Metascore
65

Generally favorable reviews - based on 24 Critics

Critic score distribution:
  1. Positive: 12 out of 24
  2. Negative: 1 out of 24
  1. This album is fucking brilliant – it made me want to cut my hair, paint the ceiling, fuck the postman and burn the disco down. So I did. Then I curled up in a corner, cried, and shat myself.
  2. With albums as strong as An End Has A Start, Editors may get the last laugh.
  3. An End Has a Start actually sounds like it was crafted as ten quite individual chapters of a long-running saga; surprisingly, though, it ultimately works better than its predecessor as a cohesive, flowing album.
  4. 80
    Avoiding the ponderous repetition that dragged down songs like “Bullets” on the first record, they concoct a gentler, dreamier atmosphere with less apparent anxiety, and create a shadowy veil of sadness, shot through with hopeful transcendence.
  5. Singer Tom Smith tempers his constant anxiety with flashes of optimism, his brittle nihilism with gooey sentiment.
  6. Tom Smith's emotive vocals and the dense wall of guitars strike the perfect balance between moody, underground noise and more accessible, arena-bound rock.
  7. The band's sophomore disc, which teems with drama and dark dollops of piano that swarm beautifully around singer-guitarist Tom Smith's clarion-call voice, continues to make good on the hype while again drawing on the past.
  8. We'll give the Editors the benefit of the doubt, thanks to majestic jems like 'Smokers Outside the Hospital Dooros' and the existential title track.
  9. It's nice to be reminded that the world is shit and we're all gonna die. Editors have mastered the form.
  10. This is a decent album; it bears a craftsman-like solidity and many fans will no doubt be satisfied (and, more than that, happy) with it. But An End Has a Start is simply not the best album Editors are capable of putting together.
  11. 70
    Editors have acquired a sense of urgency and emotion they lacked on "The Back Room." [Aug 2007, p.98]
  12. In places An End Has a Start is bleakly compelling; nevertheless, great swathes of the record strain towards a pasty arena-rock future.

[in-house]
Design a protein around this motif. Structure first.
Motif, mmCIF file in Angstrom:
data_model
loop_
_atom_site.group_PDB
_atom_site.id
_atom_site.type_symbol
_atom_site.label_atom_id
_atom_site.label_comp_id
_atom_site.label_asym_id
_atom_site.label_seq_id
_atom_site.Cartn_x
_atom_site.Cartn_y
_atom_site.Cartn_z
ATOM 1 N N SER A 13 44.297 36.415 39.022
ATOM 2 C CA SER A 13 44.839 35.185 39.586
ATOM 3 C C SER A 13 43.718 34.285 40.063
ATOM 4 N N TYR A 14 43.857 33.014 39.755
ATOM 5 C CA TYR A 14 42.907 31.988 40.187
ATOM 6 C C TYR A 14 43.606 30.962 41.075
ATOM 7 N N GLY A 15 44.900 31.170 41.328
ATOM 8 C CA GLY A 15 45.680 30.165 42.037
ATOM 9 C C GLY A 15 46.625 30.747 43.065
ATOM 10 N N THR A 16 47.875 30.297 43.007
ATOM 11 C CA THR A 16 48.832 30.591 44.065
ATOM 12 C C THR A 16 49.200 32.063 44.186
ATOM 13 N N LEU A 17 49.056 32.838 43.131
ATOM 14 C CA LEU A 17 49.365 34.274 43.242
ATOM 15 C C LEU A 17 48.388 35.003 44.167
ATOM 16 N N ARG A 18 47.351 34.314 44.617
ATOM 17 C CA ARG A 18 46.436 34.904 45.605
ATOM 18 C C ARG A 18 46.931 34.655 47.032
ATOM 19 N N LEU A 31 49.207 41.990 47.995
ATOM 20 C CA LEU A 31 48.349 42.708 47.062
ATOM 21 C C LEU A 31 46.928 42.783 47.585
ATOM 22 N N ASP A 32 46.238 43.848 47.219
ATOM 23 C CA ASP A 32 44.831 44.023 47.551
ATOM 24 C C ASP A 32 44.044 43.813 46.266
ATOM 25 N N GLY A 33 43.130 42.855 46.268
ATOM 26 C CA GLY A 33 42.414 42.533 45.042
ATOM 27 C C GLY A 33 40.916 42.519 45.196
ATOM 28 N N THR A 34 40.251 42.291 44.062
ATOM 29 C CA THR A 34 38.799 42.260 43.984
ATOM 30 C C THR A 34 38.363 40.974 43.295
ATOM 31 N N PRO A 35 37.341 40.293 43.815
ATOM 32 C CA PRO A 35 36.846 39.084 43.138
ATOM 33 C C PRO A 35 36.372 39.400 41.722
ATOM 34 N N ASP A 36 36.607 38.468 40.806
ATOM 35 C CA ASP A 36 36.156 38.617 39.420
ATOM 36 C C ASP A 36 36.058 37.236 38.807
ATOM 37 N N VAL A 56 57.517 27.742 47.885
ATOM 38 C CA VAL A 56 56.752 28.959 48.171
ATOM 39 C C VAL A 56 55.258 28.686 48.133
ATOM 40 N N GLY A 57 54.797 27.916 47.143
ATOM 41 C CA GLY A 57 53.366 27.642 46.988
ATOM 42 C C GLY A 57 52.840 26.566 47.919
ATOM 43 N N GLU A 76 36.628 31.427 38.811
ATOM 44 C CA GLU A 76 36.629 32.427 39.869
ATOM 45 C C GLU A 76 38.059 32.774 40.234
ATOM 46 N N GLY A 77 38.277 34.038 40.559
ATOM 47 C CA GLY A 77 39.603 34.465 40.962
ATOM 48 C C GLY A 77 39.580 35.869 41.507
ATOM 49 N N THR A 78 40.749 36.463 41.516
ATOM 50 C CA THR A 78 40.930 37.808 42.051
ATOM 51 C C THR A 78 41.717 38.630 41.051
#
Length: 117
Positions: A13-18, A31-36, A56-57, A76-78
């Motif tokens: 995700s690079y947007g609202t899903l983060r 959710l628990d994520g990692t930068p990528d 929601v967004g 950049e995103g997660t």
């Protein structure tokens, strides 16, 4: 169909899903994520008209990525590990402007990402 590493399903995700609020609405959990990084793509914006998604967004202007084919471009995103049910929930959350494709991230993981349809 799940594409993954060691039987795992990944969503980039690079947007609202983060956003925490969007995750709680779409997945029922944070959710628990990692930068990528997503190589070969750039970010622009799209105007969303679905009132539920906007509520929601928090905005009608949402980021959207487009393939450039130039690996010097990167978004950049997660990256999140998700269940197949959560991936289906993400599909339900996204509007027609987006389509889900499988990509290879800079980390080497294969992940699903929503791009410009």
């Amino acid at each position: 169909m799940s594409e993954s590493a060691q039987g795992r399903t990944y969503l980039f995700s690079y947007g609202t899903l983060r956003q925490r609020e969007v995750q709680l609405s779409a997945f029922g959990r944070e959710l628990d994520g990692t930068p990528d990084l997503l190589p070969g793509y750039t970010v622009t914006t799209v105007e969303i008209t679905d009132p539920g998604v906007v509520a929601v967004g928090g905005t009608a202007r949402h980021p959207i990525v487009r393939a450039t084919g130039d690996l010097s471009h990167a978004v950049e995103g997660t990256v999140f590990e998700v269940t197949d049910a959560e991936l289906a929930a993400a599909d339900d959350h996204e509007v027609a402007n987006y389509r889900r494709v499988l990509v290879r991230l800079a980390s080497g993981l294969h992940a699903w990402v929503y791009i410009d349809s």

13. An End Has a Start turns out to be a pupae album--it's Editors stretching their sonic muscles, poking the first spindles of whatever new form they'll take out of their gloom-rock cocoon come album three.
  14. For all of its stadium aspirations and ggrand soundscapes, An End Has A Start runs together in a way The Back Room didn't. [Summer 2007, p.73]
  15. By producing a more polished, more accomplished sheen while The Killers have roughed themselves up and forgotten to shave, the two bands have moved towards a middle ground where they're virtually indistinguishable.
  16. They are still too tied to their musical ancestors for any serious maturation to take place.
  17. Occassionally, the songwriting does contain flashes of thoughtfulness.
  18. 50
    It appears they have emulated themselves on their sophomore (and sophomoric sounding) effort.
  19. The songs get puffed and fluffed up but lose the wiry edge of "Munich," burying Chris Urbanowicz's guitar until it all sounds like Coldplay. Nice tunes, but louder, please.
  20. These 10 songs repeatedly strike the same dynamic and evoke the same vague drama, each sounding more perfunctory--and more soulless--than the previous.
  21. An End Has a Start doesn’t have the glorious indie-disco hits of Editors’ debut, and its toned-down sheen leaves us wishing for more bite.
  22. It's a shame that premature commercial success has sullied Editors' creativity, because An End contains its share of bright spots.
  23. 40
    Tom Smith's stentorian baritone, irritating in its overenunciated approximations of gravitas, is better suited to some community-theater group than a rock band.
  24. A record that's so deathly serious that each of it's ten songs could be associated with its very own biblical plague.
User Score
7.9

Generally favorable reviews- based on 77 Ratings

User score distribution:
  1. Positive: 35 out of 45
  2. Negative: 6 out of 45
  1. Dec 6, 2011
    8
    A very decent follow up to their debut, this has a bigger, grander sound but lacks the hooks and riffs that were ever present throughout The Back Room. It's a progression in the sense that this record aims for a higher return and wider audience while at the same time trying to stay true to their original style. Full Review »